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Monday, October 21, 2013

DVD Review: Far Out Isn’t Far Enough: The Tomi Ungerer Story

A title card at the beginning of Far Out Isn’t Far Enough: The Tomi Ungerer Story tells us, “He was once the most famous children’s book author in America.” After a brief pause (during which you may try to recall the titles of his books), another card says, “Then he disappeared.” An intriguing opening, to be sure.

And then we meet Tomi Ungerer – white hair, glasses, young eyes – and he lights a cigarette. He says, “I have the full respect of a piece of white paper, which I then shall rape with my drawing or my writing.” Yes, he is immediately likeable, and quite personable. He has such joy when talking about creating. You can see it in his eyes, hear it in his voice. (But then he talks about being uncomfortable in his chair while being interviewed, and the light in his eyes interestingly dims.)

The centerpiece of this film is an interview with Tomi Ungerer, but the film also interestingly mixes in  animation  based on Ungerer’s work. And there are other interviews, with folks such as Maurice Sendak (author of Where The Wild Things Are, who says he isn’t as crazy or as great as Ungerer), Therese Willer (curator of the Tomi Ungerer Museum), Michael Patrick Hearn (children’s literature scholar), Jules Feiffer (Pulitzer Prize-winning cartoonist) and Steven Heller (author and critic).

The film basically sticks to a chronological telling with regards to Tomi Ungerer’s life. He was born in Strasbourg, France, in 1931. We see footage of the area, and it’s gorgeous. Tomi Ungerer then disarms us by saying, “Strasbourg is the sphincter of France.” Even when he’s being negative, he sounds positive. Looking at some of his early work, he says that each drawing is “a misbegotten child,” and that looking at those drawings is “facing a family of failures.”

Tomi Ungerer often put elements of fear into his children’s books. He claims that fear is good, because then you’re forced to find the courage to survive. We see a drawing of a child in a boiling pot, with a man lurking nearby with a knife. “I’m sure the child deserved it,” Tomi jokes. He says, “Children should be traumatized.”

Certainly he himself was. His father died when he was quite young, and then World War II came along. Ungerer says, “Four years under the Nazis. You cannot get rid of that. There’s no way.” He had to learn German because French was forbidden. His anecdote about his mother speaking French is incredible – what she said in order to get permission to continue speaking French. Interestingly, under the Nazis, Tomi’s drawing was encouraged. He talks about a homework assignment to draw a Jew. And yes, we see his art from that time.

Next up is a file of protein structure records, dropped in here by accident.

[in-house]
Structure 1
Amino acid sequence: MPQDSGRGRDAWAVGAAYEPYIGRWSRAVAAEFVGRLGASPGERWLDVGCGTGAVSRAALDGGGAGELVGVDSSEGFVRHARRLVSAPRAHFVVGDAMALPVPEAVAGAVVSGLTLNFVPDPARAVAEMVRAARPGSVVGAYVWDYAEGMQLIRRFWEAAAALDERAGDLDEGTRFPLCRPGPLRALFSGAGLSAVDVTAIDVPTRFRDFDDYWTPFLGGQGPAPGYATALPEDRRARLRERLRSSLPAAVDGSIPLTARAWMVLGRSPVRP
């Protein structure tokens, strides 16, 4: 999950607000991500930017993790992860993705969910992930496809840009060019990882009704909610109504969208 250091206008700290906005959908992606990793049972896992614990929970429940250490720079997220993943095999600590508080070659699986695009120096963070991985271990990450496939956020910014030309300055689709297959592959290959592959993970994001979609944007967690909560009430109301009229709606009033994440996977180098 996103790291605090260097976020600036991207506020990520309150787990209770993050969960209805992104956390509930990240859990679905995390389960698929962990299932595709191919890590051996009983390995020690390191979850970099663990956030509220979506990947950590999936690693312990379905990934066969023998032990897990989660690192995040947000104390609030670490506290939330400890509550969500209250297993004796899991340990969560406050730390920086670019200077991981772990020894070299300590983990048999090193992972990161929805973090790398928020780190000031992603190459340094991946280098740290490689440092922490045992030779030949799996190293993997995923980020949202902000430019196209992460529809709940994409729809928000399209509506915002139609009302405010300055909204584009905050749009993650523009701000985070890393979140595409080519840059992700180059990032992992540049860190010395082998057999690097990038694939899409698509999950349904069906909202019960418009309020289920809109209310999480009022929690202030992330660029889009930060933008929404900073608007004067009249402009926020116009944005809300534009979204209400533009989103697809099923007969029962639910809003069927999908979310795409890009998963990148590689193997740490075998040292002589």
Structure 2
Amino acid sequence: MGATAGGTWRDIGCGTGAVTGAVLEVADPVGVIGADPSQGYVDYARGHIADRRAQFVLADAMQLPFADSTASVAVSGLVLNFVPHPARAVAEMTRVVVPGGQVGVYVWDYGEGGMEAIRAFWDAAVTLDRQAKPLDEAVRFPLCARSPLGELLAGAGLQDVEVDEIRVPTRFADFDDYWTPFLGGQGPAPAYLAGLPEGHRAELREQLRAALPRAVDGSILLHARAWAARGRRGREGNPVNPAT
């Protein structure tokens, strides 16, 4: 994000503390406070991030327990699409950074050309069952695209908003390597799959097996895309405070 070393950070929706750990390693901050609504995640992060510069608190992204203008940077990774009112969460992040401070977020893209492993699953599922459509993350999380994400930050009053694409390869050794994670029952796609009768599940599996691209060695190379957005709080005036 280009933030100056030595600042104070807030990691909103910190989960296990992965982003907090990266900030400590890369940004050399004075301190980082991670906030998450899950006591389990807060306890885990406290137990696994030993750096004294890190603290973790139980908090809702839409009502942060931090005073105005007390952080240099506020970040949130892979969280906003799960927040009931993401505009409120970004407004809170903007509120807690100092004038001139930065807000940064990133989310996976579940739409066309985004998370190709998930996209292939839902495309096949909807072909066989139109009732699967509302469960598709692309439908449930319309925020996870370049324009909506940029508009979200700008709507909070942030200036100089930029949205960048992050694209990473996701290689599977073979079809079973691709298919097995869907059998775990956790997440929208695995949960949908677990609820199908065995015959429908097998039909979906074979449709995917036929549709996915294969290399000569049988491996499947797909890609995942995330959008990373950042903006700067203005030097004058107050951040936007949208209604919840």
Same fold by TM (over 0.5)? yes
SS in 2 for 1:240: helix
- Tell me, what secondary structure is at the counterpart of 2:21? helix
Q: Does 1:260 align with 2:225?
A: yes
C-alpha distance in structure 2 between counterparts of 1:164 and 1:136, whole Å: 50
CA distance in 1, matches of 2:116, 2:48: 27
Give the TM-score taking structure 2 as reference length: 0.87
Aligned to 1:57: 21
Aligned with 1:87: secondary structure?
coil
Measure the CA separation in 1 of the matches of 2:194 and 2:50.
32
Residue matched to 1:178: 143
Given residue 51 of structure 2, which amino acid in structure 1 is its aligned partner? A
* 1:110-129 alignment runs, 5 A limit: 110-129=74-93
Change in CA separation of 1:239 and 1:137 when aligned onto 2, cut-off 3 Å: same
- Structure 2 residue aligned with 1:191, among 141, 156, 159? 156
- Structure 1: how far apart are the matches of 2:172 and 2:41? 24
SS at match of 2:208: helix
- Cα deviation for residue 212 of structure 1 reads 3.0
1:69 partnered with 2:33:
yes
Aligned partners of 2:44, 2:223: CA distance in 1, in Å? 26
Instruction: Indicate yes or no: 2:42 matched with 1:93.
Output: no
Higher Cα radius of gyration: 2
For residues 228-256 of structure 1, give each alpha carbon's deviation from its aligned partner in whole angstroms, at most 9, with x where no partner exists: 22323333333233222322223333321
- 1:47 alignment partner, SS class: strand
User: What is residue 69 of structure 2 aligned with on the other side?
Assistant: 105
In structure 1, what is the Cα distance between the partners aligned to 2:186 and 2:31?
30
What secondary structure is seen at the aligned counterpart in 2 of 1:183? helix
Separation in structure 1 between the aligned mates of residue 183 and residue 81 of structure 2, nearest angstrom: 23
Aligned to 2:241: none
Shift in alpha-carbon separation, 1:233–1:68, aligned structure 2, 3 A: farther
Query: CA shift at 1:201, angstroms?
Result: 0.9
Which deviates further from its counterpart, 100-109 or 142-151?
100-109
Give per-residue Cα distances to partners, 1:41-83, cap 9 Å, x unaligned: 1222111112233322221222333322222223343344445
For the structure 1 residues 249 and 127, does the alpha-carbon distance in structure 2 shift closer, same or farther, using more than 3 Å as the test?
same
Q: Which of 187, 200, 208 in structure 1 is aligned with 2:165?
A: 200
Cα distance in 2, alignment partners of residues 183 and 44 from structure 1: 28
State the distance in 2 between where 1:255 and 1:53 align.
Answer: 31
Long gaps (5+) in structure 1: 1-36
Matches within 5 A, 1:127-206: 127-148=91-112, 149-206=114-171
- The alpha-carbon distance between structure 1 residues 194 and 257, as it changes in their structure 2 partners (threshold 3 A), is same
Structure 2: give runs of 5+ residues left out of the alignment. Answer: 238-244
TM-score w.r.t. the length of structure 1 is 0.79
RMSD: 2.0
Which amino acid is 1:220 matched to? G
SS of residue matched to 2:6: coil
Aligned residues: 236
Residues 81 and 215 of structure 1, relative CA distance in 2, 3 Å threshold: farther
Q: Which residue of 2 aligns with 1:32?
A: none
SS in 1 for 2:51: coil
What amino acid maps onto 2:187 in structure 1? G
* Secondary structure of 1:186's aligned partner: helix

That’s one of the strengths of this documentary – not only are we shown lots of his published work, but we are also treated to lots of his childhood drawings. It’s fascinating to see drawings done by children under the Nazi influence, but it’s particularly interesting to see the drawings done by a child who then grew up to be a professional in that field.

Interestingly, later when he lived in the United States, Tomi Ungerer would create a series of posters commenting on the Vietnam War. His anger about the war was a source of inspiration. But he also talks candidly about how the style for those posters came from the Nazi propaganda he saw during World War II (and the film shows us selections of Nazi posters).

It was when Tomi began creating erotic drawings that he got into trouble. He took something of a chance, because he was known for writing children’s books. One evening at a children’s book convention, someone in the audience verbally attacked him for doing erotic drawings. And suddenly he wasn’t welcome anywhere. His children’s books were removed from libraries. Though this is of course what that title card at the beginning (“Then he disappeared”) was referring to, we are pretty far into the film before this actually takes place.

This is a really good film, but it is very much in praise of its subject. We don’t hear from anyone, for example, that was critical of his creating erotica at the same time as he was writing children’s books. We hear only from his friends and admirers on that subject, so we really get only one viewpoint. That is really its only weakness.

Special Features

This DVD has several bonus features, including a commentary track by writer/director/producer Brad Bernstein and animator/co-producer Rick Cikowski. In the commentary track, they give us more information on Tomi and the people in his life, as well as information on the making of the film.

There are several deleted scenes, including a shot of Tomi Ungerer looking at some of his work, and explaining how he created it. There is a scene about the power of libraries and librarians back in the day. A scene titled “The Farmhouse” features Tomi showing rusted objects he’d found that together resemble a turtle. Perhaps the most interesting of the deleted scenes is titled “The Breakdown,” and it shows Tomi suddenly stopping, having lost his train of thought. A small bit of this scene is included near the beginning of the film, and they talk about it in the commentary track.

There is also a moderated conversation with Tomi Ungerer and Jules Feiffer at The Society of Illustrators. In that conversation, Tomi Ungerer mentions how collecting things cuts down on your freedom. He also says, “I think they should teach despair in art school.” In “Tomi Ungerer In Ireland,” we see Tomi collecting old objects (a bicycle, a shovel) to create an art piece.

There is a short piece (approximately one minute) of Maurice Sendak critiquing the film The King’s Speech. It’s pretty funny.

Far Out Isn’t Far Enough: The Tomi Ungerer Story is scheduled to be released on DVD on October 22, 2013 through First Run Features.

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